Oxytocin improves synchronisation in leader-follower interaction
Research output: Contribution to journal › Article › peer-review
Colleges, School and Institutes
The neuropeptide oxytocin has been shown to affect social interaction. Meanwhile, the underlying mechanism remains highly debated. Using an interpersonal finger-tapping paradigm, we investigated whether oxytocin affects the ability to synchronise with and adapt to the behaviour of others. Dyads received either oxytocin or a non-active placebo, intranasally. We show that in conditions where one dyad-member was tapping to another unresponsive dyad-member – i.e. one was following another who was leading/self-pacing – dyads given oxytocin were more synchronised than dyads given placebo. However, there was no effect when following a regular metronome or when both tappers were mutually adapting to each other. Furthermore, relative to their self-paced tapping partners, oxytocin followers were less variable than placebo followers. Our data suggests that oxytocin improves synchronisation to an unresponsive partner’s behaviour through a reduction in tapping-variability. Hence, oxytocin may facilitate social interaction by enhancing sensorimotor predictions supporting interpersonal synchronisation. The study thus provides novel perspectives on how neurobiological processes relate to socio-psychological behaviour and contributes to the growing evidence that synchronisation and prediction are central to social cognition.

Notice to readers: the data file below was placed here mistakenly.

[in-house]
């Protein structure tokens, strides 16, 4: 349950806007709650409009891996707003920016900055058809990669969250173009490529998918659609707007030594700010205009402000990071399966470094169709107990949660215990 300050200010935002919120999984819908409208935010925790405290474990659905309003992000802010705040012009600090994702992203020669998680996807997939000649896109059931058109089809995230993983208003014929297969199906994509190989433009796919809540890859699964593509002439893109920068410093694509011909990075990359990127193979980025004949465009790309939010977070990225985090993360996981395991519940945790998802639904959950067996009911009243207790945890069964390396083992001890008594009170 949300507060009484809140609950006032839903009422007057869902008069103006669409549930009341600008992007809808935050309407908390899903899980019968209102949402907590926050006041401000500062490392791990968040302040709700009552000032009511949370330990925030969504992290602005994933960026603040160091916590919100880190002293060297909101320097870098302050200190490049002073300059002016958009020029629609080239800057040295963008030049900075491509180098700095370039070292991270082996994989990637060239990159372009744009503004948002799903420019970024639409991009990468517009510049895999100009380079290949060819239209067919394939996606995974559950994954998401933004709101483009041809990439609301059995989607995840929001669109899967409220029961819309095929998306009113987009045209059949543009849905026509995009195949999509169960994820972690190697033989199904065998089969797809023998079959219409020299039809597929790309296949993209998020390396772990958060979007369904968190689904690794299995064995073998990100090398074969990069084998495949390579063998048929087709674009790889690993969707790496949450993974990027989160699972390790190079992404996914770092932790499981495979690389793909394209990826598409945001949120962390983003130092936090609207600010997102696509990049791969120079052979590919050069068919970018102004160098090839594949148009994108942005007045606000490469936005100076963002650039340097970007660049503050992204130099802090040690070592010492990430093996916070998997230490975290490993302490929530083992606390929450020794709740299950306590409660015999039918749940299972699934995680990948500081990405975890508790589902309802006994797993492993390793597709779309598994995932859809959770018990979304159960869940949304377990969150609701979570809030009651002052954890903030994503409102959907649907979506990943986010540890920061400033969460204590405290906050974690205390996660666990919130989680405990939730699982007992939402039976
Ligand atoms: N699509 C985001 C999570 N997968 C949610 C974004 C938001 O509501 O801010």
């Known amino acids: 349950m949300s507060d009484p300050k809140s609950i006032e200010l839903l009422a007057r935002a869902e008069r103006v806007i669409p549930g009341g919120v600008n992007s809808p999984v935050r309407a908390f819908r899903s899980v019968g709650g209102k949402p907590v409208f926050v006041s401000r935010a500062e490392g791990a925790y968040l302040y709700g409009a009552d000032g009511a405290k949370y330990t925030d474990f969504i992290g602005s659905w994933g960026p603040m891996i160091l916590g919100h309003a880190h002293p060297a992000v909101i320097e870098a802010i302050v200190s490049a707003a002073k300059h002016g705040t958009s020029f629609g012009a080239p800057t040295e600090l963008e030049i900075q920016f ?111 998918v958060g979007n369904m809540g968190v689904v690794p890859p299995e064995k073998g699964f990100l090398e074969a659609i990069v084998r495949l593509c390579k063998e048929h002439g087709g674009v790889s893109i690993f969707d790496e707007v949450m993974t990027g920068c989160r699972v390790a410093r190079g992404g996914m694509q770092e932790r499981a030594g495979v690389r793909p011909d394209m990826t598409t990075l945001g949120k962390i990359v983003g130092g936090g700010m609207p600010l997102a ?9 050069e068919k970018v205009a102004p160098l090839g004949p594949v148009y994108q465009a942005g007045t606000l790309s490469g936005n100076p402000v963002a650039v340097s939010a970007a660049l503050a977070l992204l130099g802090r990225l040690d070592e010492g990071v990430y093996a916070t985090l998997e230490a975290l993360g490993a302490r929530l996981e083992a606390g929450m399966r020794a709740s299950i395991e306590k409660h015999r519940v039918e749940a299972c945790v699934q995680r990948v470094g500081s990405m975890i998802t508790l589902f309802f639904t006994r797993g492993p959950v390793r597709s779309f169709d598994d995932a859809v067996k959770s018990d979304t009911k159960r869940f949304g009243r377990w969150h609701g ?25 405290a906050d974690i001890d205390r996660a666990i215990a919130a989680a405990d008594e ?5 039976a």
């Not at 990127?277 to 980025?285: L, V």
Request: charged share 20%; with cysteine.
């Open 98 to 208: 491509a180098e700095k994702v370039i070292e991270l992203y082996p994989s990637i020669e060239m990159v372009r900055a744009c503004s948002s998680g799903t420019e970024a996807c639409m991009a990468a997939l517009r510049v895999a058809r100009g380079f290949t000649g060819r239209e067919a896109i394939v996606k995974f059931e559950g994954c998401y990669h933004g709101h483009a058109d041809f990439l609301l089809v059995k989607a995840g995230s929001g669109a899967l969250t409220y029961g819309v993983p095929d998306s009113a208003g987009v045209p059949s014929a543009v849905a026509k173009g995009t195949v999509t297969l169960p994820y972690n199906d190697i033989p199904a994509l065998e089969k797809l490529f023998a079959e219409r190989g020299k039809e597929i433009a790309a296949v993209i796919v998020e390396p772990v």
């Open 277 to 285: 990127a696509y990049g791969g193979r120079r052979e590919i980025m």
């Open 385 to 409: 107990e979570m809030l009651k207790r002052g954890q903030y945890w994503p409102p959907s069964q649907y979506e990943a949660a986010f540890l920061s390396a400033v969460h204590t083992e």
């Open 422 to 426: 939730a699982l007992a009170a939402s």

|Publication status||Published - 8 Dec 2016|
- Cooperation, Sensorimotor processing, Social behaviour